Bad window motor – The window motor provides the power needed to raise and lower the window. The motor does the job that we used to do by cranking a window handle either clockwise or counter-clockwise. Each window has a motor with a gear which connects to the regulator. Sometimes, the bearings or brushes in the motor go bad or the windings in the motor wear out. It could be the motor or a bad pulley cable.

Bad power window switch – Each window in the car has a power window switch. Pressing the window button too aggressively or using the power switch too much can expedite the wear on the switch. When the power window switch is bad, the power window will not work even though the motor is still good. When the switch is bad, it only effects the one window as each window has a switch. If all of the other windows work, test the switch for the power window that won’t work.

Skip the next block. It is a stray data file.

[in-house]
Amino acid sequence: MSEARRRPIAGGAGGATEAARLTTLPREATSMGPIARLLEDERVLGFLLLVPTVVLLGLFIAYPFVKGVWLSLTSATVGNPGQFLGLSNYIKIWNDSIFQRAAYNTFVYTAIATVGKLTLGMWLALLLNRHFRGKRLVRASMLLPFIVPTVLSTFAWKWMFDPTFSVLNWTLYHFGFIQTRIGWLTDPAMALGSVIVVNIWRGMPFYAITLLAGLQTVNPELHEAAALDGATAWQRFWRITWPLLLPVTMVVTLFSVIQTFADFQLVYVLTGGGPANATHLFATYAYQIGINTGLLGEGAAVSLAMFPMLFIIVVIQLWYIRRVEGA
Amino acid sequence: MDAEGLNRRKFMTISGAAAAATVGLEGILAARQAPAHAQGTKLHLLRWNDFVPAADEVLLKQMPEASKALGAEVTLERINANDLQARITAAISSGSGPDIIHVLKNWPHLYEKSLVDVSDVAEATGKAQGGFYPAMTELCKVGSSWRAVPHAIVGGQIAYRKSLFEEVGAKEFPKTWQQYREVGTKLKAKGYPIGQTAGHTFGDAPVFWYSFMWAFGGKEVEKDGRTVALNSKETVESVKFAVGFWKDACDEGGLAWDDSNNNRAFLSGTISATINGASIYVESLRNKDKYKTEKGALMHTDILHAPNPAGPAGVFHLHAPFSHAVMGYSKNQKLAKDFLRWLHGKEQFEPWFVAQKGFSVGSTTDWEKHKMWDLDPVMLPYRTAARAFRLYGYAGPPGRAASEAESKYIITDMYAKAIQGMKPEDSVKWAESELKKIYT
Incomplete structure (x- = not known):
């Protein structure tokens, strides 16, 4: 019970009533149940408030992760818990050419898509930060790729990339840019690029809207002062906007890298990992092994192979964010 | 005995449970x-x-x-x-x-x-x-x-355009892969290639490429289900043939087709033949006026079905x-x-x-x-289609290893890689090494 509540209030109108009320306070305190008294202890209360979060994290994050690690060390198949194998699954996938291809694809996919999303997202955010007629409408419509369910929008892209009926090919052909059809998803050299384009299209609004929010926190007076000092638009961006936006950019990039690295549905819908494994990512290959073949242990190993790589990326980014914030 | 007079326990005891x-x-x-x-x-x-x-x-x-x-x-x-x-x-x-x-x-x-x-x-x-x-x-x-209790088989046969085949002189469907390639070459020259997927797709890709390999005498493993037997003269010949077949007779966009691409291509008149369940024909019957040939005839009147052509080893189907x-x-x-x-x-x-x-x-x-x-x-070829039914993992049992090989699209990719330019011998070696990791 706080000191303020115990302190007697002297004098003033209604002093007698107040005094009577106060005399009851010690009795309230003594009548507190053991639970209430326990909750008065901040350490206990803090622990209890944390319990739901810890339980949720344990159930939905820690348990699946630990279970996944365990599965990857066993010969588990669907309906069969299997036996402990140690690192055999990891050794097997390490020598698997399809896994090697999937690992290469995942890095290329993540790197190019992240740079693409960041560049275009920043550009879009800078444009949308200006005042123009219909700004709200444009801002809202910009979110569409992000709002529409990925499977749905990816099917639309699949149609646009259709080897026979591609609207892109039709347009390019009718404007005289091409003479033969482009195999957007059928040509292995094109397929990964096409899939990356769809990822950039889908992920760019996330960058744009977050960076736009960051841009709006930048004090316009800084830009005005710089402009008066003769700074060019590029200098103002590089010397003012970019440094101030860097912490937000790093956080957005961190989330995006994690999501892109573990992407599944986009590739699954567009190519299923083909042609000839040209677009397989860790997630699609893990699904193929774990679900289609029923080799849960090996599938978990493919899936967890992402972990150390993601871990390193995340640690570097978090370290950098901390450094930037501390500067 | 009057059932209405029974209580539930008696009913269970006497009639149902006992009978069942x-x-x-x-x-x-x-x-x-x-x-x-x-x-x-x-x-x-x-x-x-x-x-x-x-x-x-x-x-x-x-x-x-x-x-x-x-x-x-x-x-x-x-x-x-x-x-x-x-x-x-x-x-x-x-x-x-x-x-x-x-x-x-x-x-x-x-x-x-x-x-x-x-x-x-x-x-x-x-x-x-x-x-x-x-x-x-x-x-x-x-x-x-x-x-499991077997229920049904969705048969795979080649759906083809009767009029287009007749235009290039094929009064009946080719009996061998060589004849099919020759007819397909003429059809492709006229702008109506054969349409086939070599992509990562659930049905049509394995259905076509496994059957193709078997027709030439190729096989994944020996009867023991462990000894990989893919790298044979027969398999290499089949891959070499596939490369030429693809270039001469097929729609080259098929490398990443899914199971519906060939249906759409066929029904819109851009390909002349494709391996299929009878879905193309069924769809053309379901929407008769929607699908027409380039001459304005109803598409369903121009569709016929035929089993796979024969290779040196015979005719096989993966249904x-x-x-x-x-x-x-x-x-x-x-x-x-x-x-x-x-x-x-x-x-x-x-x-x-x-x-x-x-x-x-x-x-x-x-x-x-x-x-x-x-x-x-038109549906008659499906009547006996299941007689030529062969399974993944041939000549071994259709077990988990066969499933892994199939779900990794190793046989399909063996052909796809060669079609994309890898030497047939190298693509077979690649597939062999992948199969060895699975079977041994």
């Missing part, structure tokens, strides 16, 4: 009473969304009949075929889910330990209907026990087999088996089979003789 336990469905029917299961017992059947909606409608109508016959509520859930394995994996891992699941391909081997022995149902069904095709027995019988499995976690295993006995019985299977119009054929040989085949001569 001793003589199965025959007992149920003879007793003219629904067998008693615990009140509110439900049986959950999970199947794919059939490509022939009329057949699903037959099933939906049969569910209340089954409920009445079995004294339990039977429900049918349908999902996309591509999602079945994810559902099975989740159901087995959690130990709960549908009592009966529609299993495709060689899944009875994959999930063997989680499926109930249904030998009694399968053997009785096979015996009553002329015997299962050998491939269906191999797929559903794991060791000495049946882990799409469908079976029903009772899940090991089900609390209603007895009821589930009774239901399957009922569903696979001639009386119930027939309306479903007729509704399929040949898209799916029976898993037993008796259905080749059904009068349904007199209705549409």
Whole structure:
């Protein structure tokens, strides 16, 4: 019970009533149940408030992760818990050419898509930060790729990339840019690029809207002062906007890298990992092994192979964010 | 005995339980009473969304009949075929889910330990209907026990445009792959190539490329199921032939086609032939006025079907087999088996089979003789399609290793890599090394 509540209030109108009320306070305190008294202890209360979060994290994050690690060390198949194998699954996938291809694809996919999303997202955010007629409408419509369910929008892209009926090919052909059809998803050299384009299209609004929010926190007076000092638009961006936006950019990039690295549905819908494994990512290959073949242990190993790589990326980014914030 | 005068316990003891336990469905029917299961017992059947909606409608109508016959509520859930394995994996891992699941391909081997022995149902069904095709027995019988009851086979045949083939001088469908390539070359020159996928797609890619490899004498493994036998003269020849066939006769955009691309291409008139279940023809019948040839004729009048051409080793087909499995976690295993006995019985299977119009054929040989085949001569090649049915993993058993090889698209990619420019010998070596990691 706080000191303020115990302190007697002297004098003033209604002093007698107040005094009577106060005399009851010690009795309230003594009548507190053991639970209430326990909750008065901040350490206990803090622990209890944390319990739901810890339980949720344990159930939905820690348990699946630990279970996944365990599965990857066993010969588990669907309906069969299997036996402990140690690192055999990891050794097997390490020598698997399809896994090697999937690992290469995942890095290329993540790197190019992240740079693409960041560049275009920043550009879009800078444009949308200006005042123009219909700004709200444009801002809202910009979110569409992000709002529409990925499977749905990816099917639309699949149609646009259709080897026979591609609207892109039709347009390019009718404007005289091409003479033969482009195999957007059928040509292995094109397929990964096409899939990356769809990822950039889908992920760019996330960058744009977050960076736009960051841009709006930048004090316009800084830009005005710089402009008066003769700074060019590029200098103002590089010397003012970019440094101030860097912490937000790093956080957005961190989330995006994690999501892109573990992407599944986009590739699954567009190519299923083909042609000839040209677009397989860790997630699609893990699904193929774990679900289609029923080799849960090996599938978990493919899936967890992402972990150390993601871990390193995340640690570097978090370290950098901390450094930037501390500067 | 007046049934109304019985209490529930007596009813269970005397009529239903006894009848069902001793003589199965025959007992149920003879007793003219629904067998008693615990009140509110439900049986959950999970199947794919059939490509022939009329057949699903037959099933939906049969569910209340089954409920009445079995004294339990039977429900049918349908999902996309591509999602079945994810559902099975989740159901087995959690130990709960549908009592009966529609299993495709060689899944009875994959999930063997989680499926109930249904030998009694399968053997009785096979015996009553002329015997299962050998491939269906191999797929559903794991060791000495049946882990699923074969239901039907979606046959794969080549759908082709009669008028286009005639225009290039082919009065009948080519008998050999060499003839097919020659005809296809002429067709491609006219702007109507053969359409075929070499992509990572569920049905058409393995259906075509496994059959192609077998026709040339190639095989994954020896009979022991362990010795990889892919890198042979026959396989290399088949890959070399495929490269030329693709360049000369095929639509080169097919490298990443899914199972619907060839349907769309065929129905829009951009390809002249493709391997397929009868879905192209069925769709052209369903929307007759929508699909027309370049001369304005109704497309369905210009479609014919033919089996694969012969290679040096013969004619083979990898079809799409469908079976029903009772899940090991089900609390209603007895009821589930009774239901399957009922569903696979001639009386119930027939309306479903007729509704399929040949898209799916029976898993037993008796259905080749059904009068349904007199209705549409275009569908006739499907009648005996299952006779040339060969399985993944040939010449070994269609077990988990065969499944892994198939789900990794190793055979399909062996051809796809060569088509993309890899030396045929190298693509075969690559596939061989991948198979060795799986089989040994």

Window sticking on track – Sometimes the power window will go part of the way up or down but remains stuck in one position. You may have tried to get it to move by pressing the window power button over and over. The window area will make a clicking sound, which means the motor is fine, there may be something stuck. The window can sometimes get stuck on the track due to just about any type of debris. More friction causes the window to stick which means the track must be lubricated.

Cold Weather – During cold weather seasons, the window glass can become stuck to the frame. If the glass is really stuck, the window and frame can be frozen together and the regulator may not be enough to move the glass. If it gets cold enough for this to happen frequently, the regulator may wear down faster than usual.